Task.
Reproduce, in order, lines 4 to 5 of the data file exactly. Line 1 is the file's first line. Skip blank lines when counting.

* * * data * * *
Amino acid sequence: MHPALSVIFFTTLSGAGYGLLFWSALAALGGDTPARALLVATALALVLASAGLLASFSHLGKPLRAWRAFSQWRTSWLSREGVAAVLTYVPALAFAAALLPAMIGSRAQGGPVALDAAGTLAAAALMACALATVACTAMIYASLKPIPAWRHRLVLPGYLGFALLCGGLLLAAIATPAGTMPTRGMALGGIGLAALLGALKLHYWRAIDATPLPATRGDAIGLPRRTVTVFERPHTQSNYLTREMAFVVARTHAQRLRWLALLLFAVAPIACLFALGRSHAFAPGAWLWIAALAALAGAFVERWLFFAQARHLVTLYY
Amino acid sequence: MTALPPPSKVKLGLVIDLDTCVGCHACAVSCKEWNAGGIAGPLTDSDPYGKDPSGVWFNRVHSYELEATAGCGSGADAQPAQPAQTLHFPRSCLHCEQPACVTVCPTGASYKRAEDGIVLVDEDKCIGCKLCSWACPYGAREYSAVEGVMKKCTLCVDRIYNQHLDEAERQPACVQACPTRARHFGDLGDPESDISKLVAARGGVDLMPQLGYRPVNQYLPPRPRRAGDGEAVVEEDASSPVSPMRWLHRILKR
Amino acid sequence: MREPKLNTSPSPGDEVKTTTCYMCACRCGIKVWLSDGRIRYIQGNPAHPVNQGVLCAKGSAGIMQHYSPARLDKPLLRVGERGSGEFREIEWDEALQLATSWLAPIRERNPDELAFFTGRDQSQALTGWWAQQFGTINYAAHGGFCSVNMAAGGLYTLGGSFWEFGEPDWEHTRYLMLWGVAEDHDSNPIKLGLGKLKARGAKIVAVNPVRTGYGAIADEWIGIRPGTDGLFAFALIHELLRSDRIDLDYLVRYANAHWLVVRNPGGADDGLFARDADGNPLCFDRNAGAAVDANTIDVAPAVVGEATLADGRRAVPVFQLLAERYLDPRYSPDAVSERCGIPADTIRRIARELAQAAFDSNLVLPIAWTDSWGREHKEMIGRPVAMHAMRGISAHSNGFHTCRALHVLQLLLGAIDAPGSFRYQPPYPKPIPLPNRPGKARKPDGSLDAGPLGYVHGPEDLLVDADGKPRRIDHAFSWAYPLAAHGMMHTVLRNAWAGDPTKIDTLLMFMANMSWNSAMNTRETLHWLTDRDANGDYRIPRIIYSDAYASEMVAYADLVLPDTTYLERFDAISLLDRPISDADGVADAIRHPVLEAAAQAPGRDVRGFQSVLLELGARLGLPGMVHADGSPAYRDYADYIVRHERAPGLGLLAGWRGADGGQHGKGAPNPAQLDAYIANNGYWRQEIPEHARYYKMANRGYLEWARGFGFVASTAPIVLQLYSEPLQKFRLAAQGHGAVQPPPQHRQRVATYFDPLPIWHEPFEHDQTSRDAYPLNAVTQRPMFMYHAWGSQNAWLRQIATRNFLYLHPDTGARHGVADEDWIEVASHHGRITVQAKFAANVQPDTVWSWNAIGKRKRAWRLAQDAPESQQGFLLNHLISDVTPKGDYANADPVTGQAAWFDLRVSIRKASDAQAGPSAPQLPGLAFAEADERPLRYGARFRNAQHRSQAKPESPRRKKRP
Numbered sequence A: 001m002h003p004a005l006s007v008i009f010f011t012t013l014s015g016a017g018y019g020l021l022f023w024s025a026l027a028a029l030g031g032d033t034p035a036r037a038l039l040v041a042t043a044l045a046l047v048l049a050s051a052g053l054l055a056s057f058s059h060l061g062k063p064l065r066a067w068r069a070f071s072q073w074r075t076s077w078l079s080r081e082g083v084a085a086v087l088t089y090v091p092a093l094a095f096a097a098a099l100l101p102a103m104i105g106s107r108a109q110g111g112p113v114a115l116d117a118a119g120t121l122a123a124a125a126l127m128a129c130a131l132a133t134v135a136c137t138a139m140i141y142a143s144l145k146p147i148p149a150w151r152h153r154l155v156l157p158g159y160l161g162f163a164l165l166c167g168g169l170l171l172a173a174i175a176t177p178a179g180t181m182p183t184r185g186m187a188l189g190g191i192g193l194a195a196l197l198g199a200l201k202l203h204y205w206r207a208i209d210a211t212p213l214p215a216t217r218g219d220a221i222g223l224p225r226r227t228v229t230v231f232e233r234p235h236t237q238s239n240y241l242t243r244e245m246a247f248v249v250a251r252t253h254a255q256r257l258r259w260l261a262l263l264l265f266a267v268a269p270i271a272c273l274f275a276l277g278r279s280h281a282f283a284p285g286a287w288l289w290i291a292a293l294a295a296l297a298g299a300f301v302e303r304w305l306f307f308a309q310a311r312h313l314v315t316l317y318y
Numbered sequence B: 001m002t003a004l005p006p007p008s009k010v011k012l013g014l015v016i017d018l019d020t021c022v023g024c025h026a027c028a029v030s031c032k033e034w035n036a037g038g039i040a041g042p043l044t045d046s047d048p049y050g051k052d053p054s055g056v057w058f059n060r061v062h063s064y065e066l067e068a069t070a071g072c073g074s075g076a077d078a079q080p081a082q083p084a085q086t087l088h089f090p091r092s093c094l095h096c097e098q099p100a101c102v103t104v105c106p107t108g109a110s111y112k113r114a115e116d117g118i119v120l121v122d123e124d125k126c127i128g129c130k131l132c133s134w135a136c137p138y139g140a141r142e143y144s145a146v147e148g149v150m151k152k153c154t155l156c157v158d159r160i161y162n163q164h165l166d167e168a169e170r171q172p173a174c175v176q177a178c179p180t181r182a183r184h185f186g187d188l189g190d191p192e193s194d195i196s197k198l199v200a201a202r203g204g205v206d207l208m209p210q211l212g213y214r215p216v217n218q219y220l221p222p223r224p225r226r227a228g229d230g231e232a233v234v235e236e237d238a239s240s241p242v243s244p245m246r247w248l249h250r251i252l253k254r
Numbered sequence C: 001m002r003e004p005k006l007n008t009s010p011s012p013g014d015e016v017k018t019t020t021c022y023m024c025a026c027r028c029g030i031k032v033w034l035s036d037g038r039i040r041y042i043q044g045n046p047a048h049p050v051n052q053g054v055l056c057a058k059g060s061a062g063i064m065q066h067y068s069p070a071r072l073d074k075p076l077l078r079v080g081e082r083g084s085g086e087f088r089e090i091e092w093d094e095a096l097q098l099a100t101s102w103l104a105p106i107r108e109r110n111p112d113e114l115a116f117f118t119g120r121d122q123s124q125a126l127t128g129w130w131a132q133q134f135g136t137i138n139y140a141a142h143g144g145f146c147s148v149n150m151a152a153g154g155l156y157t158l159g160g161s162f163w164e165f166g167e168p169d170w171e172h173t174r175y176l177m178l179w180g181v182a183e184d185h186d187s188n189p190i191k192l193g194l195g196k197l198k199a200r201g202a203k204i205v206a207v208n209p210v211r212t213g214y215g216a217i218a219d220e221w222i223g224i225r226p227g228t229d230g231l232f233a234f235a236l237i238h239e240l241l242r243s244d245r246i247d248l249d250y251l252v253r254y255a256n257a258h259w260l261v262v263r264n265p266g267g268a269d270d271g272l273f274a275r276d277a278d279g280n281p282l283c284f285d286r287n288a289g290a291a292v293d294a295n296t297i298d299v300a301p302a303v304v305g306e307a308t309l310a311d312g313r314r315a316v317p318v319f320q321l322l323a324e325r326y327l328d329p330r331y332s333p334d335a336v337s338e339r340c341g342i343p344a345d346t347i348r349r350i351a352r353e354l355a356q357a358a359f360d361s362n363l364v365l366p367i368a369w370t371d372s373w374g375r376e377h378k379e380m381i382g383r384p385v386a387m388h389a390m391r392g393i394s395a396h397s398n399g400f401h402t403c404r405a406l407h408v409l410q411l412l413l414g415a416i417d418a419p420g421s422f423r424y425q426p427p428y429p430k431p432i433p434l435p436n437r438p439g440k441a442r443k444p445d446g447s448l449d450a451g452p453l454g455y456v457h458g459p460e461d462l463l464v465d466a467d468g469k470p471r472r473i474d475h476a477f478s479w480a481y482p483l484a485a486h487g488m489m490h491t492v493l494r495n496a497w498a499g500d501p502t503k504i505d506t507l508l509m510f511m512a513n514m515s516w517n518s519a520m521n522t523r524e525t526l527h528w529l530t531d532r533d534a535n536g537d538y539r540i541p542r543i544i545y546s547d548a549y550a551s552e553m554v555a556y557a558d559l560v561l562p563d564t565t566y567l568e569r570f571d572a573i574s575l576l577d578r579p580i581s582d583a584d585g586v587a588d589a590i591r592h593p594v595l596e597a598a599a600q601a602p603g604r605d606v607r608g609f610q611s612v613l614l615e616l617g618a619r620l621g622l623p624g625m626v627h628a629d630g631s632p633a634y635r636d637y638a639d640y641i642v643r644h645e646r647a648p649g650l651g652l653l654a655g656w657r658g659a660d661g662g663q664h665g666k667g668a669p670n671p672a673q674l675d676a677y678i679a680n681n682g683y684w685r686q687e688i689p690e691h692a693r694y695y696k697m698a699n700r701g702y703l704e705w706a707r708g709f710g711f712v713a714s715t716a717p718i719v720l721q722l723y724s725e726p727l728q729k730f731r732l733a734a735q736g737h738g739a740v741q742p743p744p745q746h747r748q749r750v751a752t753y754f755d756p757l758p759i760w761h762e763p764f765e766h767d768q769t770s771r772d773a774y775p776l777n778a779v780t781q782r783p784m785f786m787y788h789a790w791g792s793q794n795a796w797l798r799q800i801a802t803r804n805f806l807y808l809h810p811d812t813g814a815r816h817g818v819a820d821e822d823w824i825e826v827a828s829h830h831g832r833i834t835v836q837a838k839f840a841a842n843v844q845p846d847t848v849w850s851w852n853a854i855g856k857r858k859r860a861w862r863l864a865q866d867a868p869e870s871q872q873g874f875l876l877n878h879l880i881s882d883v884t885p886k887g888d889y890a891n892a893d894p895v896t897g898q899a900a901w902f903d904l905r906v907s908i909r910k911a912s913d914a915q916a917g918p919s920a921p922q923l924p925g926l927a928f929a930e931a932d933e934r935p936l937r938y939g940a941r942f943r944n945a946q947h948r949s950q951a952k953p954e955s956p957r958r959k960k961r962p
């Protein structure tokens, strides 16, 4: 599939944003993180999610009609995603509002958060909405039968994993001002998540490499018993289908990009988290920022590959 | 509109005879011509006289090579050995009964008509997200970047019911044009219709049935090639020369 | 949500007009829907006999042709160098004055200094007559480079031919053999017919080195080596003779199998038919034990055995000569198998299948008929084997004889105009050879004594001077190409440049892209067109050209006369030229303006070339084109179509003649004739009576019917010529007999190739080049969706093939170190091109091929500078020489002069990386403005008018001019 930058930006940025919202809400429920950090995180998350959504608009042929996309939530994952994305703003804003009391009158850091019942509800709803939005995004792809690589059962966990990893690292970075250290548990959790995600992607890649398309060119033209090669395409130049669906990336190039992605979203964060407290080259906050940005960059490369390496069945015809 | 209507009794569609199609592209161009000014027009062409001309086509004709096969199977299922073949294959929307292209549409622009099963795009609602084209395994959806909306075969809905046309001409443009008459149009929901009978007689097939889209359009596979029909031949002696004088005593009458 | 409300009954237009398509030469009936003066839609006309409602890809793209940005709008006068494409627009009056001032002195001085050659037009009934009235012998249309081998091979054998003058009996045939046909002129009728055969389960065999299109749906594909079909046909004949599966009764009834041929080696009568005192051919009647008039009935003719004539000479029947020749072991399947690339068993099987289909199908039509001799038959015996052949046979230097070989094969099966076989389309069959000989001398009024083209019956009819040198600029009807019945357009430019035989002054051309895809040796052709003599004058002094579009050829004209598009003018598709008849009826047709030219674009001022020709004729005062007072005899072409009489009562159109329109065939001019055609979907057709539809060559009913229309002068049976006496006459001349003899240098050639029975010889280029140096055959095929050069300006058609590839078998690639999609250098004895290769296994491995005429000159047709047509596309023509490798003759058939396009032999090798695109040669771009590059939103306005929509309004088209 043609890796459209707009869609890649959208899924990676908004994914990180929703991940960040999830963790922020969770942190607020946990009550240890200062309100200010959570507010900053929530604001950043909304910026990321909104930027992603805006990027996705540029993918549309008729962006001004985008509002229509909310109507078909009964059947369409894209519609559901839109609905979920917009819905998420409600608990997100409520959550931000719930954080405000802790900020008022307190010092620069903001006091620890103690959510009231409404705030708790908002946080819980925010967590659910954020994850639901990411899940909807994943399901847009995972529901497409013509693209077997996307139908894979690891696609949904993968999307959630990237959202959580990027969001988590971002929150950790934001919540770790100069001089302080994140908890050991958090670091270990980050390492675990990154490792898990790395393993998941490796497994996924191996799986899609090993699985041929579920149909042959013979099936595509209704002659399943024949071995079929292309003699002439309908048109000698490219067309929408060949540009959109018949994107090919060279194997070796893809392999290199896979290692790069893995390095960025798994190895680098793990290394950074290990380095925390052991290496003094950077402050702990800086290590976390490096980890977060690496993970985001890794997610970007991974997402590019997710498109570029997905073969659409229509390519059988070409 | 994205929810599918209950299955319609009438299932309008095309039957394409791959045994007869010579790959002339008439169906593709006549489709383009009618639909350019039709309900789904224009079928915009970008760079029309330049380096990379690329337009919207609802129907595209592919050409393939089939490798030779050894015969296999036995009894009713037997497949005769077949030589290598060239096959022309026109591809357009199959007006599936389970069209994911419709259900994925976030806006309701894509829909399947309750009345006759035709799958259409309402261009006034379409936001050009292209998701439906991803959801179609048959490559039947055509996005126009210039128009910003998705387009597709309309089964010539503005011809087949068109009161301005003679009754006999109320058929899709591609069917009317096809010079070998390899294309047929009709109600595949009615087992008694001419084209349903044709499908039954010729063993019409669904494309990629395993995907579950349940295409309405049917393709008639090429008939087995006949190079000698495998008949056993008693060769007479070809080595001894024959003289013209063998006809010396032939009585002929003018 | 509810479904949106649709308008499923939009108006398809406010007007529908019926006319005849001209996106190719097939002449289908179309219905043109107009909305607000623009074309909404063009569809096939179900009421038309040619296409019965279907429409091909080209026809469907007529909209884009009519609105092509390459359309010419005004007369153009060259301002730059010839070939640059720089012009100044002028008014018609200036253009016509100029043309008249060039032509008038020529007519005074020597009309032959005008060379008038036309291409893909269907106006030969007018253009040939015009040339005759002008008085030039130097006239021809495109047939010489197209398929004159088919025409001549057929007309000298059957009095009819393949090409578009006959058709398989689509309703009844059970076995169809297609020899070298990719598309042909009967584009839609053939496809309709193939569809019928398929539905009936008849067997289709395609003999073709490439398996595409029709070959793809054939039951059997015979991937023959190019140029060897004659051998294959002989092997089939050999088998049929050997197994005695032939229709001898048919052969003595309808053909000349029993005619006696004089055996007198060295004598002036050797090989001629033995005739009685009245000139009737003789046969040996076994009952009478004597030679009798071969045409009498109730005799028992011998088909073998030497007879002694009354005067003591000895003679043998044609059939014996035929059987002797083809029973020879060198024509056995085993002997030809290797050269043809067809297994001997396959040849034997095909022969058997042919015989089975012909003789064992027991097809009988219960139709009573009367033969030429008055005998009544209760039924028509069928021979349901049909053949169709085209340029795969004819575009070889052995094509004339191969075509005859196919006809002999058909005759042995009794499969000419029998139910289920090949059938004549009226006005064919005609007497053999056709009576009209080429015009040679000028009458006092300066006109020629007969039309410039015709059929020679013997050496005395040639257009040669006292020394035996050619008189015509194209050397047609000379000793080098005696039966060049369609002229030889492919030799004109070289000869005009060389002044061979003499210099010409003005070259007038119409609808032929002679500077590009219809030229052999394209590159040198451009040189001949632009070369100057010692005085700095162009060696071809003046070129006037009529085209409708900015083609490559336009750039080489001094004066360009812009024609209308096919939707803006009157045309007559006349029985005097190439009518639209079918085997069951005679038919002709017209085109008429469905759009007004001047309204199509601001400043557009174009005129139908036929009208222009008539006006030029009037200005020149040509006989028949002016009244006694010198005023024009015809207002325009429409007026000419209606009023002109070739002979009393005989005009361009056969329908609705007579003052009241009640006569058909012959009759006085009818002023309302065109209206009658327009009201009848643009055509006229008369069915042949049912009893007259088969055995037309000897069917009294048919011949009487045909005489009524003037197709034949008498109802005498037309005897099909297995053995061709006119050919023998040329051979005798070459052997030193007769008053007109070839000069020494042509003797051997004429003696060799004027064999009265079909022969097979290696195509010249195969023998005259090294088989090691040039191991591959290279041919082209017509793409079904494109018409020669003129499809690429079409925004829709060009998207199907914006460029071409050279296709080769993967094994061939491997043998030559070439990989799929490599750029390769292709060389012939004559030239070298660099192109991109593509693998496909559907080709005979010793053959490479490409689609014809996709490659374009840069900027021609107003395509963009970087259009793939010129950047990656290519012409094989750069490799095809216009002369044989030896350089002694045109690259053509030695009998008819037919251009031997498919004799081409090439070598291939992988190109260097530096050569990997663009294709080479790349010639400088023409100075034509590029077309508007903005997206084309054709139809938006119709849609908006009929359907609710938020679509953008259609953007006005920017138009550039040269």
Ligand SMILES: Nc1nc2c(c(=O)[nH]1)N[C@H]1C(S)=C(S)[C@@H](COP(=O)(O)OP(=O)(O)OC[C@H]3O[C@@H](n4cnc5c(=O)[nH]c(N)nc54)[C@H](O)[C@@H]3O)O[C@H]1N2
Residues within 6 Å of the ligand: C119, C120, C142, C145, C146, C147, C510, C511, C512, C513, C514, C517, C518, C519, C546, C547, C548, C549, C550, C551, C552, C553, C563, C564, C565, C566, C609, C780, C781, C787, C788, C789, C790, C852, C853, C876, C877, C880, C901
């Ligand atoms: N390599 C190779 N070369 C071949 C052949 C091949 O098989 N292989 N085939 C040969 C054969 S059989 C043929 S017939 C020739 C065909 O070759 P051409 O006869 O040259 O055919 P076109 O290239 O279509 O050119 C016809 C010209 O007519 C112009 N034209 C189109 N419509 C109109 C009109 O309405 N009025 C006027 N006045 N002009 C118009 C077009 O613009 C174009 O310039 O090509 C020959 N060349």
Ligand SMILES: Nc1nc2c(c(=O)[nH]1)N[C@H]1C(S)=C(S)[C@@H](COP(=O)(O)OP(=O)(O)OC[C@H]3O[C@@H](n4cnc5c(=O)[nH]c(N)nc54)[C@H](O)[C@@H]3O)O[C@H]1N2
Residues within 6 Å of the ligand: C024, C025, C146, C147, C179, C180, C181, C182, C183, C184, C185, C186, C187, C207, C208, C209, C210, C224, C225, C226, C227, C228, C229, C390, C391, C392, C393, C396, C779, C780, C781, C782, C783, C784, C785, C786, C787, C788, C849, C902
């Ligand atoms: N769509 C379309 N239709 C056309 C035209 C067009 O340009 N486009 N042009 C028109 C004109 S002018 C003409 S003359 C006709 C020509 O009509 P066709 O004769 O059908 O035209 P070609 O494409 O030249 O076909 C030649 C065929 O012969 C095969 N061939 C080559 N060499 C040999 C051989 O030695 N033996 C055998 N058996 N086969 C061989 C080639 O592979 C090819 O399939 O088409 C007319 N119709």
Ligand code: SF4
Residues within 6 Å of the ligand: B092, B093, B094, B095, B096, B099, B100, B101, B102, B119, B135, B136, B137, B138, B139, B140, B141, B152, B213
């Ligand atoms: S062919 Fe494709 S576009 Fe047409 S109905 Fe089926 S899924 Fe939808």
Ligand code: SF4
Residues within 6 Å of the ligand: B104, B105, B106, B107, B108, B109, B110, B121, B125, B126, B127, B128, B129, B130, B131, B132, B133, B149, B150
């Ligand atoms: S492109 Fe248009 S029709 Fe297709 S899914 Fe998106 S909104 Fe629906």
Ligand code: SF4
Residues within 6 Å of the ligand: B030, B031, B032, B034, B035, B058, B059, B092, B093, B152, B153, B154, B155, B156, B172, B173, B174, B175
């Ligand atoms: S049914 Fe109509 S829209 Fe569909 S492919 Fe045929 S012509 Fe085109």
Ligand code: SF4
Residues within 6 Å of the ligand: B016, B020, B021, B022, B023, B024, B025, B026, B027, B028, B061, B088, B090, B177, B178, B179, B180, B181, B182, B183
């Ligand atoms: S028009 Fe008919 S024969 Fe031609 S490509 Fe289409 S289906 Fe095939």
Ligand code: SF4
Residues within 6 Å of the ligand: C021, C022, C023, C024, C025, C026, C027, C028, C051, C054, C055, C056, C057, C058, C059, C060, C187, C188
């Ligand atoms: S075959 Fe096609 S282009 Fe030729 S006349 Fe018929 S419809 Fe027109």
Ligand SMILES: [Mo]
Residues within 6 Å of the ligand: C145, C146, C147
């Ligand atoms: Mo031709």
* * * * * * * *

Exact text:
Numbered sequence A: 001m002h003p004a005l006s007v008i009f010f011t012t013l014s015g016a017g018y019g020l021l022f023w024s025a026l027a028a029l030g031g032d033t034p035a036r037a038l039l040v041a042t043a044l045a046l047v048l049a050s051a052g053l054l055a056s057f058s059h060l061g062k063p064l065r066a067w068r069a070f071s072q073w074r075t076s077w078l079s080r081e082g083v084a085a086v087l088t089y090v091p092a093l094a095f096a097a098a099l100l101p102a103m104i105g106s107r108a109q110g111g112p113v114a115l116d117a118a119g120t121l122a123a124a125a126l127m128a129c130a131l132a133t134v135a136c137t138a139m140i141y142a143s144l145k146p147i148p149a150w151r152h153r154l155v156l157p158g159y160l161g162f163a164l165l166c167g168g169l170l171l172a173a174i175a176t177p178a179g180t181m182p183t184r185g186m187a188l189g190g191i192g193l194a195a196l197l198g199a200l201k202l203h204y205w206r207a208i209d210a211t212p213l214p215a216t217r218g219d220a221i222g223l224p225r226r227t228v229t230v231f232e233r234p235h236t237q238s239n240y241l242t243r244e245m246a247f248v249v250a251r252t253h254a255q256r257l258r259w260l261a262l263l264l265f266a267v268a269p270i271a272c273l274f275a276l277g278r279s280h281a282f283a284p285g286a287w288l289w290i291a292a293l294a295a296l297a298g299a300f301v302e303r304w305l306f307f308a309q310a311r312h313l314v315t316l317y318y
Numbered sequence B: 001m002t003a004l005p006p007p008s009k010v011k012l013g014l015v016i017d018l019d020t021c022v023g024c025h026a027c028a029v030s031c032k033e034w035n036a037g038g039i040a041g042p043l044t045d046s047d048p049y050g051k052d053p054s055g056v057w058f059n060r061v062h063s064y065e066l067e068a069t070a071g072c073g074s075g076a077d078a079q080p081a082q083p084a085q086t087l088h089f090p091r092s093c094l095h096c097e098q099p100a101c102v103t104v105c106p107t108g109a110s111y112k113r114a115e116d117g118i119v120l121v122d123e124d125k126c127i128g129c130k131l132c133s134w135a136c137p138y139g140a141r142e143y144s145a146v147e148g149v150m151k152k153c154t155l156c157v158d159r160i161y162n163q164h165l166d167e168a169e170r171q172p173a174c175v176q177a178c179p180t181r182a183r184h185f186g187d188l189g190d191p192e193s194d195i196s197k198l199v200a201a202r203g204g205v206d207l208m209p210q211l212g213y214r215p216v217n218q219y220l221p222p223r224p225r226r227a228g229d230g231e232a233v234v235e236e237d238a239s240s241p242v243s244p245m246r247w248l249h250r251i252l253k254r